Susto

High Noon Saloon Presents

Susto

Dawg Yawp

Friday, November 10th 2017

Doors: 10:00 pm / Show: 10:15 pm

This event is 18 and over

Susto
Susto
Justin Osborne needed a break. He'd been writing music and making albums since he was 15, and by the age of 26, he felt like he was spinning his wheels. He knew he needed a change, so he ended his old band Sequoyah Prep School and moved to Cuba. He thought he might be done with music for a while, but the songs just kept coming.

"I had this idea in my mind that I was going to try and join some kind of Latin American Leftist movement. I wanted to jump off a cliff," Osborne says. "Once I got there I immediately started hanging out with musicians and going to shows. I started showing them the songs from this project that was kind of just an idea in my head.

"They were like, 'man, don't throw away your passport, go home and continue to make music,'" he says. "I was encouraged by them to try again."

Osborne was already writing the songs for what would be SUSTO's 2014 self-titled debut when his producer Wolfgang Zimmerman introduced him to Johnny Delaware, a guitarist and songwriter who had moved to Charleston, South Carolina to make an album with the producer.

SUSTO is a Spanish word referring to a folk illness in Latin America that Osborne learned as anthropology student, meaning “when your soul is separated from your body,” and also roughly translates to a panic attack. For Osborne, the music of SUSTO was something he had to get out into the world.

SUSTO released their debut album independently and toured relentlessly to get the word out. They were an immediate hit in their hometown, packing venues, getting airplay at all the bars and even making a fan of Band of Horses' Ben Bridwell. "I got an e-mail from him, telling me he loved the record and wanted to meet with me and Johnny," he says. "That was actually the day I wrote my professor, and I said, ‘I'm not coming in.’"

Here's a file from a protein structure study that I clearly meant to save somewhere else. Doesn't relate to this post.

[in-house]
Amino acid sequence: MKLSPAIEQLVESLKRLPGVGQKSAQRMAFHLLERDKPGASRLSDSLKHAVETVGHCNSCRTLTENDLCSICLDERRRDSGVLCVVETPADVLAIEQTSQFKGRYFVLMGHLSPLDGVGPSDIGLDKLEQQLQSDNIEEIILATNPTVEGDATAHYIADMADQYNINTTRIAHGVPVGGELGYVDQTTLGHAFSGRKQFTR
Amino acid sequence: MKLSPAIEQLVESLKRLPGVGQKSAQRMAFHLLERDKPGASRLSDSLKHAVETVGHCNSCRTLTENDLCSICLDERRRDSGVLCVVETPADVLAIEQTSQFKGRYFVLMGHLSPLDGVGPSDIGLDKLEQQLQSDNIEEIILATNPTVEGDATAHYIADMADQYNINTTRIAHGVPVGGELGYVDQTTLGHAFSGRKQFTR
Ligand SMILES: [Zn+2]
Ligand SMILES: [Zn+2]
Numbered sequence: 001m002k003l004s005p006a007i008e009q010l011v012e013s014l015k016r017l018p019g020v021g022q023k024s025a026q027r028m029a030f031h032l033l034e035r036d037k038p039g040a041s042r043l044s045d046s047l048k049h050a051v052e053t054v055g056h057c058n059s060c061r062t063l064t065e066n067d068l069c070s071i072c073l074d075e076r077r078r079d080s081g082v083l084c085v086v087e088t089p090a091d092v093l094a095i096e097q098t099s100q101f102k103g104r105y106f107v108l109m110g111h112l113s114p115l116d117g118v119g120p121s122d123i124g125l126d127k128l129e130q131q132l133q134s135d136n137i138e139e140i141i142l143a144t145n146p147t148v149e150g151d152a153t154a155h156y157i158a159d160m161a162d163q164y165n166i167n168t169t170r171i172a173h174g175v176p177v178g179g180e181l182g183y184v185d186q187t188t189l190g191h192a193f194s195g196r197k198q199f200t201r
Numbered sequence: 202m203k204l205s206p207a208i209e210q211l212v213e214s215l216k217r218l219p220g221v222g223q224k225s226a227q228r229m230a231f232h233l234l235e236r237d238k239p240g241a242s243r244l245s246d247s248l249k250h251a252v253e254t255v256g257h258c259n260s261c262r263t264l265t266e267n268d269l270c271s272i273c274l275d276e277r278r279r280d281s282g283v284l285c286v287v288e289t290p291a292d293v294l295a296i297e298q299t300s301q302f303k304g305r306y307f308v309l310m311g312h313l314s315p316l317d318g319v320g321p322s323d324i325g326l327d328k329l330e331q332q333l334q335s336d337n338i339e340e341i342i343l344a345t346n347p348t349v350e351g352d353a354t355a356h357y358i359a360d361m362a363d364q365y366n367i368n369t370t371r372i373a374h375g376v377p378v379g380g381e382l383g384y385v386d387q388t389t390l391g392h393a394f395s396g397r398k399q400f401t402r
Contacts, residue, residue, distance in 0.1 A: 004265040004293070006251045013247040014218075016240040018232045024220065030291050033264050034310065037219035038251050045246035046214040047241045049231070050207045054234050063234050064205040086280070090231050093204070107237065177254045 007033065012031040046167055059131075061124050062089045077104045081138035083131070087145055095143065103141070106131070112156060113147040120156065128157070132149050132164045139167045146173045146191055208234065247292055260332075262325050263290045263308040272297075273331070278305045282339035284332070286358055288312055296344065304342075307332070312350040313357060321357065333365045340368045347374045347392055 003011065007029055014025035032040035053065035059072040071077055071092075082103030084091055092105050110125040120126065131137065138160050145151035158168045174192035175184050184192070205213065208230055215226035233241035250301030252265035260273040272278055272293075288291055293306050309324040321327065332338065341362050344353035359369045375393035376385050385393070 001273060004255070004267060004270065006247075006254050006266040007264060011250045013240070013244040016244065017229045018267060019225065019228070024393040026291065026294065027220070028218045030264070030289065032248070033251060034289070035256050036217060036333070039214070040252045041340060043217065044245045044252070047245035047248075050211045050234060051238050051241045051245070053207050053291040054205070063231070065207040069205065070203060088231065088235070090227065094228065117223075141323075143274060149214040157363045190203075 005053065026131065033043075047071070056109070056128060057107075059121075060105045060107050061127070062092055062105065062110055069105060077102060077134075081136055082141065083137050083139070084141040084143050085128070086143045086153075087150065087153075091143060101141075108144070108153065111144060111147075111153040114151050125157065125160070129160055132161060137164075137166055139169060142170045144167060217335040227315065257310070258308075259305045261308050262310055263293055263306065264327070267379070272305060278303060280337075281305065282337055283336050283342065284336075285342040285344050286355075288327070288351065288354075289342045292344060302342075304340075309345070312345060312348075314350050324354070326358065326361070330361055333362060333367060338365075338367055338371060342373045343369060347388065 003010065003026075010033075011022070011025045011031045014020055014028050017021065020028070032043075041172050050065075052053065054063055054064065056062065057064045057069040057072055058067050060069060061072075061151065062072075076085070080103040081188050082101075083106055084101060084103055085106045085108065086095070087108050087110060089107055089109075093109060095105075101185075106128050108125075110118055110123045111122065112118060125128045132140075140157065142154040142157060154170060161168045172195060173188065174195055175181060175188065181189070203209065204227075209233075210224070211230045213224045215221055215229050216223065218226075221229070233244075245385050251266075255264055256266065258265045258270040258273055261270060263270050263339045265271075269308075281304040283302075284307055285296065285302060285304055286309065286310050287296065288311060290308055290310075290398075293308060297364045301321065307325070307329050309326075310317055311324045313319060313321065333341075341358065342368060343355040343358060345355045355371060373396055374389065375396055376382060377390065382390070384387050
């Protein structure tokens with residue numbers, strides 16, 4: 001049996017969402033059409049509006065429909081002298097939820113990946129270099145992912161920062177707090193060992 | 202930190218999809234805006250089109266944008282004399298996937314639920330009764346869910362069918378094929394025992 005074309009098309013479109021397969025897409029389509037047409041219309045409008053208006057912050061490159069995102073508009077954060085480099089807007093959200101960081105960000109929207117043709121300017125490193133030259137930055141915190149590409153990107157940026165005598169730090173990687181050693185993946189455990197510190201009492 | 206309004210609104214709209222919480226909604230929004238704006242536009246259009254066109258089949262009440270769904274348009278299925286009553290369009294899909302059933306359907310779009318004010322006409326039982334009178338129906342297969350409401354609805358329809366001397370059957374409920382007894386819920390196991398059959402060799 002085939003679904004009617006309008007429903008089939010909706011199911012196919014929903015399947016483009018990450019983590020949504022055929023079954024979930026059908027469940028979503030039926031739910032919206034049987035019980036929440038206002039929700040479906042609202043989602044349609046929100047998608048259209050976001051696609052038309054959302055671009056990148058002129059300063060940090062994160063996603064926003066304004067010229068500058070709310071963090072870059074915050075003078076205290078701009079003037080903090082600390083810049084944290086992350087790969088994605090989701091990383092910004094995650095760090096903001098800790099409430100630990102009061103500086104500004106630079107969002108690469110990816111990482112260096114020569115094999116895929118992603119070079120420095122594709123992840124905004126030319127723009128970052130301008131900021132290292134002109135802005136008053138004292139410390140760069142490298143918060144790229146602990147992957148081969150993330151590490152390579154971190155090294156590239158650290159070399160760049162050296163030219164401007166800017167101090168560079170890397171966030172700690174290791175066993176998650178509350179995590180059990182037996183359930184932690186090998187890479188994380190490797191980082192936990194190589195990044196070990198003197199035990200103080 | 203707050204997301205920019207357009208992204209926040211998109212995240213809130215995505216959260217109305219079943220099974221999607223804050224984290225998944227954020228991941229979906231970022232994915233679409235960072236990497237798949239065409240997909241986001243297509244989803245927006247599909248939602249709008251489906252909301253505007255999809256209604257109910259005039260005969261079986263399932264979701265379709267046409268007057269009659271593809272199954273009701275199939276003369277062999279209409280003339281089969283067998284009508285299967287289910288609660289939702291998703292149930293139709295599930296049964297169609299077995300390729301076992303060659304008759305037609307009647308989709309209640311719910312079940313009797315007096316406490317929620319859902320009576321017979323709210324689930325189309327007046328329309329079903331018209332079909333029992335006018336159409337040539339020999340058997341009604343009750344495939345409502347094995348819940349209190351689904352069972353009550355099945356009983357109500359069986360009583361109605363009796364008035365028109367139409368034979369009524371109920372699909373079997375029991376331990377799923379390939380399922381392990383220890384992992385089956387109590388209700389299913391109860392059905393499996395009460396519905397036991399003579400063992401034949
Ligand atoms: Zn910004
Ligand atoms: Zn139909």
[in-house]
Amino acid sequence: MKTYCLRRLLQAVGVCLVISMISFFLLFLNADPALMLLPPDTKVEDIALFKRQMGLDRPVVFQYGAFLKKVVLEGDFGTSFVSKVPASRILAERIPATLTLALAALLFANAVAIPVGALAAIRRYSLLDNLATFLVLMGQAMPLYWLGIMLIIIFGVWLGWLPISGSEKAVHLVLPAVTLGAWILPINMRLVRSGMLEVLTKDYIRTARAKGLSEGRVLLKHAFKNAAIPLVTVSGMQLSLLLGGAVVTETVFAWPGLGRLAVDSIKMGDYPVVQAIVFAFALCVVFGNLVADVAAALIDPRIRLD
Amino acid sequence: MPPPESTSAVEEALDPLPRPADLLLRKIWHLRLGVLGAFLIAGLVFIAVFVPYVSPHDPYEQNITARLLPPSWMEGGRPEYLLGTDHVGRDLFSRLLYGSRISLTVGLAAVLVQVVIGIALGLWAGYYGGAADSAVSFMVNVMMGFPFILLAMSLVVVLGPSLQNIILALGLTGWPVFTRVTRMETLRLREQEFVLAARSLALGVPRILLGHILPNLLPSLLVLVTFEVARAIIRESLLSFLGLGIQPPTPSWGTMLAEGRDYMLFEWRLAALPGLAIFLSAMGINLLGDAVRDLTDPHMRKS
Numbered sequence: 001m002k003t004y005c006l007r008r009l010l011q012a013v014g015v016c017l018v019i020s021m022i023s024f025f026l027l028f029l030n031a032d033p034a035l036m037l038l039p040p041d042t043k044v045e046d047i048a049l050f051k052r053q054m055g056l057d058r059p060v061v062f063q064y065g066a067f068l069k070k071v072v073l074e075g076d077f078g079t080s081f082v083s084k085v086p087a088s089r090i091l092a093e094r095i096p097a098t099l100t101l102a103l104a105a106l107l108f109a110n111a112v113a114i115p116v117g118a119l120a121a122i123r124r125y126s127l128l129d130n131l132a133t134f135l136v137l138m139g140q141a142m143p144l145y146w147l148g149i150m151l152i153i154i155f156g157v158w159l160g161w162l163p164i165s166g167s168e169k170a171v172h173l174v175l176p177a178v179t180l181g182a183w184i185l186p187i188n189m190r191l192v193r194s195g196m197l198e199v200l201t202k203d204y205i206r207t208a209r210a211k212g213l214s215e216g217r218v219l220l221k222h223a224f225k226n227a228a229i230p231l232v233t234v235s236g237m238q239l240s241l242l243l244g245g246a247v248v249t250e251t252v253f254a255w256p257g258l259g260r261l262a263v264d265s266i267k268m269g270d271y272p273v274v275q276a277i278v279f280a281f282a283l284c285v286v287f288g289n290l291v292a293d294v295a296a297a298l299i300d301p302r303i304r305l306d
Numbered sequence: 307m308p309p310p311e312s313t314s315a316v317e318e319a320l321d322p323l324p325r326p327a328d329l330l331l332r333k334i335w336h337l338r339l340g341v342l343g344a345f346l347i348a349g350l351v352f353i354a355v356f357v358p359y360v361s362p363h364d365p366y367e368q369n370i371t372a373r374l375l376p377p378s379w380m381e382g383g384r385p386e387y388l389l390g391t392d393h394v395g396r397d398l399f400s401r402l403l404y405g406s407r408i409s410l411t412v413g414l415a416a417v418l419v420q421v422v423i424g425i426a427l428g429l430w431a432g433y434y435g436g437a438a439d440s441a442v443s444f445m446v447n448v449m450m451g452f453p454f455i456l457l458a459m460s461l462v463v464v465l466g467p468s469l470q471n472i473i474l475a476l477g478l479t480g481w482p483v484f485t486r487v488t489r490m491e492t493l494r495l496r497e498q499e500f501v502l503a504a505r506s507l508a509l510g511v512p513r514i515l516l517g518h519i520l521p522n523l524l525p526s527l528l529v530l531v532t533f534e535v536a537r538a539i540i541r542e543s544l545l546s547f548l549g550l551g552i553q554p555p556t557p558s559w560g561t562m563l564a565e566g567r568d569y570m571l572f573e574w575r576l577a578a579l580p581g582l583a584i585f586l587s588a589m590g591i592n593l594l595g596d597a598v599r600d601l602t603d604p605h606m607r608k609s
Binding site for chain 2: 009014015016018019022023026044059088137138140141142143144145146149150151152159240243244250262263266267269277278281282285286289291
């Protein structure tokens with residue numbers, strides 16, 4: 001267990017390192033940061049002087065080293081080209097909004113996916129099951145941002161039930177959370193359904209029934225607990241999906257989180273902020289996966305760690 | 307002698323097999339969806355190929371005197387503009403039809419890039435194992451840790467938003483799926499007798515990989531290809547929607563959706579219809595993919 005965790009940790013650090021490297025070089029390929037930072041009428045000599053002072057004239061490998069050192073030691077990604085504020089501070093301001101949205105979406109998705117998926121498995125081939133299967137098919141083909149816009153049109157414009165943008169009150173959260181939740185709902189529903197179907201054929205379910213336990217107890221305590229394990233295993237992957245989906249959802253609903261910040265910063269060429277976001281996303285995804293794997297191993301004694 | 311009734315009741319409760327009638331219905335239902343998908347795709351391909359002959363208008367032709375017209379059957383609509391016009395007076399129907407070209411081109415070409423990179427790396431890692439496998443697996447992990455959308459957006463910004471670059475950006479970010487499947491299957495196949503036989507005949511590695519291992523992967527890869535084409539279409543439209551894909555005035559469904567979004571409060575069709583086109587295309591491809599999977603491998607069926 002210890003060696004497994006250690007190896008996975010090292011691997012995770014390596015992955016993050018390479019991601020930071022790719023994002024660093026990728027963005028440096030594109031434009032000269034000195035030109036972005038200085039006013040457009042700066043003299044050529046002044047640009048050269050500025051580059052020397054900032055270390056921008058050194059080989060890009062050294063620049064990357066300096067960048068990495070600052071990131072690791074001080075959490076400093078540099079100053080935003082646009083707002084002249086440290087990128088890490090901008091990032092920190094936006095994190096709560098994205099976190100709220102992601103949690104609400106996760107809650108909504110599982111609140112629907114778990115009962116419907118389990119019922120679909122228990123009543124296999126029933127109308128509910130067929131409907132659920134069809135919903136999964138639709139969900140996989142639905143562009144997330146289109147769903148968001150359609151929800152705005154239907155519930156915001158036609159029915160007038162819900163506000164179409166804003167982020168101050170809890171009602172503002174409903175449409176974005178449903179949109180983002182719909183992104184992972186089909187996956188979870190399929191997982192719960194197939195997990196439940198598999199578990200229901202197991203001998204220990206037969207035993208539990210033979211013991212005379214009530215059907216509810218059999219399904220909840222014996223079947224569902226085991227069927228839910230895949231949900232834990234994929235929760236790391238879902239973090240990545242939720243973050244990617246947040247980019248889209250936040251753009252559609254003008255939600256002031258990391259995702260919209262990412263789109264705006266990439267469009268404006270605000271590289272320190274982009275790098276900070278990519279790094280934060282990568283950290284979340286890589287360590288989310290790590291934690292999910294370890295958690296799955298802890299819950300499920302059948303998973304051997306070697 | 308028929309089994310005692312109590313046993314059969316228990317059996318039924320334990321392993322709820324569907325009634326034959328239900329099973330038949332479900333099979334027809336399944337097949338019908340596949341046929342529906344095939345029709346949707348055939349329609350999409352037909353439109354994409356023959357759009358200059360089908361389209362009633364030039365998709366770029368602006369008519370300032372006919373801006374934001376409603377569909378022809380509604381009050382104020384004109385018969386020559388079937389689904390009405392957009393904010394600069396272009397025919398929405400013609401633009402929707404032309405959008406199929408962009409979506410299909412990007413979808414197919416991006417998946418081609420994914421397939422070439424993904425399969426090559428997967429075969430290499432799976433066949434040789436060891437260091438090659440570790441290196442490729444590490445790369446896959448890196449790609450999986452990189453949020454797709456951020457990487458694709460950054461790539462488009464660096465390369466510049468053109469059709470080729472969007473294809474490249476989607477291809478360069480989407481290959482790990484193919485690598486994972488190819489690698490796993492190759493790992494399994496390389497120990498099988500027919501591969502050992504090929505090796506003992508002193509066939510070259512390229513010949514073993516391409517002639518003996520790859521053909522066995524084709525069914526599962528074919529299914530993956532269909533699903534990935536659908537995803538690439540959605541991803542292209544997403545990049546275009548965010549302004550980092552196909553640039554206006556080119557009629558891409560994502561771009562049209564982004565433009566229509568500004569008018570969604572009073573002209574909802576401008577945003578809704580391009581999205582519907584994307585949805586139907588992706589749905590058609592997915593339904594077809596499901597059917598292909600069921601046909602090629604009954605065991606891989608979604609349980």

The members of the live band that Osborne and Delaware recruited — Corey Campbell (guitar, keys, backing vocals), Jenna Desmond (bass), and Marshall Hudson (drums, percussion) contributed to SUSTO’s new album & I'm Fine Today, which will be released via Caroline. "We just wanted to go further. We started something with the first record, and we want to keep going in that direction," Osborne says of the album, which finds them taking the spacey country rock of their debut into the stratosphere, piling on layers of sighing keyboards, galloping rhythms and frayed, noisy guitar solos atop wistful melodies and lyrics that examine growing up and growing into yourself. “We put the first record out, and we worked hard, and it just feels like a good place to be,” he says, noting that while the first record focused on his own struggles, & I'm Fine Today is more concerned with looking at the world beyond the struggles in your head.

“I’ve learned to appreciate the fact that I just get to be here. It’s all perspective,” he says. “This album is about coming to terms with yourself and feeling okay with your place in the universe."
Dawg Yawp
Dawg Yawp
Dawg Yawp is a folk-based duo that combines sitar, guitar, synth and drum samples alongside beautiful harmonies. Tyler Randall and Rob Keenan are lifelong friends that attended Berklee together, only to return to their native Cincinnati to focus on the project. Their debut EP Two Hearted quickly earned them acclaim and radio play, addition to several festival and national support slots. Their debut self-titled LP, released 10/14/16 via Old Flame Records, has started generating national praise from NPR to WXPN, Consequence of Sound and beyond.
Venue Information:
High Noon Saloon
701A E. Washington Ave
Madison, WI, 53703
http://www.high-noon.com/